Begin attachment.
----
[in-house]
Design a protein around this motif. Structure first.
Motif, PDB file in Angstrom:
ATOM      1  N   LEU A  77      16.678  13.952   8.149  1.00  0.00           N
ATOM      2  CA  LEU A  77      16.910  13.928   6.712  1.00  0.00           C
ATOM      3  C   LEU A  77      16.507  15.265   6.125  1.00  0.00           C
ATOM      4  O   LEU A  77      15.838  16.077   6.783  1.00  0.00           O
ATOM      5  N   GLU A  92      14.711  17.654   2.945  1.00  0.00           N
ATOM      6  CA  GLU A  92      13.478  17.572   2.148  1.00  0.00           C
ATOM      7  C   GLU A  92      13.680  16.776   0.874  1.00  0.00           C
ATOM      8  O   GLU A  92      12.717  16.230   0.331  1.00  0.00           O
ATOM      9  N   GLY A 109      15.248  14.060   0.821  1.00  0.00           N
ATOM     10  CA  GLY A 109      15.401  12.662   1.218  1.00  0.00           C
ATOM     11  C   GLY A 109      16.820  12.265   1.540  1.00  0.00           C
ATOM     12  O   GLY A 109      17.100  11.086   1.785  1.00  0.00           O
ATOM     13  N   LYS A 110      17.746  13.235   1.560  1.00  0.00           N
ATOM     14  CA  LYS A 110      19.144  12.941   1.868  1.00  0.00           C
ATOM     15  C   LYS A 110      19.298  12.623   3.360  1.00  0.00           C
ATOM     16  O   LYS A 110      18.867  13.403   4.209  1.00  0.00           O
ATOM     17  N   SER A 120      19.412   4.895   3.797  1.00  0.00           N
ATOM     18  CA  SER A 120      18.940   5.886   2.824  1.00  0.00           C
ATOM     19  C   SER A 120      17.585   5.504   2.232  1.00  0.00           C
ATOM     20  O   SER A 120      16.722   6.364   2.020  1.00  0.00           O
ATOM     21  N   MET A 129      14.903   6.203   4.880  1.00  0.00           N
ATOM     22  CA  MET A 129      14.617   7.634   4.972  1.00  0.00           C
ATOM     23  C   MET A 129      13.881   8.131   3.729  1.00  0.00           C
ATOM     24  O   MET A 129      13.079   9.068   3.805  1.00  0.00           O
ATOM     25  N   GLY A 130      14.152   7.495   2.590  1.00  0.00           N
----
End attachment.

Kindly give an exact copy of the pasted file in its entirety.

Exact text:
[in-house]
Design a protein around this motif. Structure first.
Motif, PDB file in Angstrom:
ATOM      1  N   LEU A  77      16.678  13.952   8.149  1.00  0.00           N
ATOM      2  CA  LEU A  77      16.910  13.928   6.712  1.00  0.00           C
ATOM      3  C   LEU A  77      16.507  15.265   6.125  1.00  0.00           C
ATOM      4  O   LEU A  77      15.838  16.077   6.783  1.00  0.00           O
ATOM      5  N   GLU A  92      14.711  17.654   2.945  1.00  0.00           N
ATOM      6  CA  GLU A  92      13.478  17.572   2.148  1.00  0.00           C
ATOM      7  C   GLU A  92      13.680  16.776   0.874  1.00  0.00           C
ATOM      8  O   GLU A  92      12.717  16.230   0.331  1.00  0.00           O
ATOM      9  N   GLY A 109      15.248  14.060   0.821  1.00  0.00           N
ATOM     10  CA  GLY A 109      15.401  12.662   1.218  1.00  0.00           C
ATOM     11  C   GLY A 109      16.820  12.265   1.540  1.00  0.00           C
ATOM     12  O   GLY A 109      17.100  11.086   1.785  1.00  0.00           O
ATOM     13  N   LYS A 110      17.746  13.235   1.560  1.00  0.00           N
ATOM     14  CA  LYS A 110      19.144  12.941   1.868  1.00  0.00           C
ATOM     15  C   LYS A 110      19.298  12.623   3.360  1.00  0.00           C
ATOM     16  O   LYS A 110      18.867  13.403   4.209  1.00  0.00           O
ATOM     17  N   SER A 120      19.412   4.895   3.797  1.00  0.00           N
ATOM     18  CA  SER A 120      18.940   5.886   2.824  1.00  0.00           C
ATOM     19  C   SER A 120      17.585   5.504   2.232  1.00  0.00           C
ATOM     20  O   SER A 120      16.722   6.364   2.020  1.00  0.00           O
ATOM     21  N   MET A 129      14.903   6.203   4.880  1.00  0.00           N
ATOM     22  CA  MET A 129      14.617   7.634   4.972  1.00  0.00           C
ATOM     23  C   MET A 129      13.881   8.131   3.729  1.00  0.00           C
ATOM     24  O   MET A 129      13.079   9.068   3.805  1.00  0.00           O
ATOM     25  N   GLY A 130      14.152   7.495   2.590  1.00  0.00           N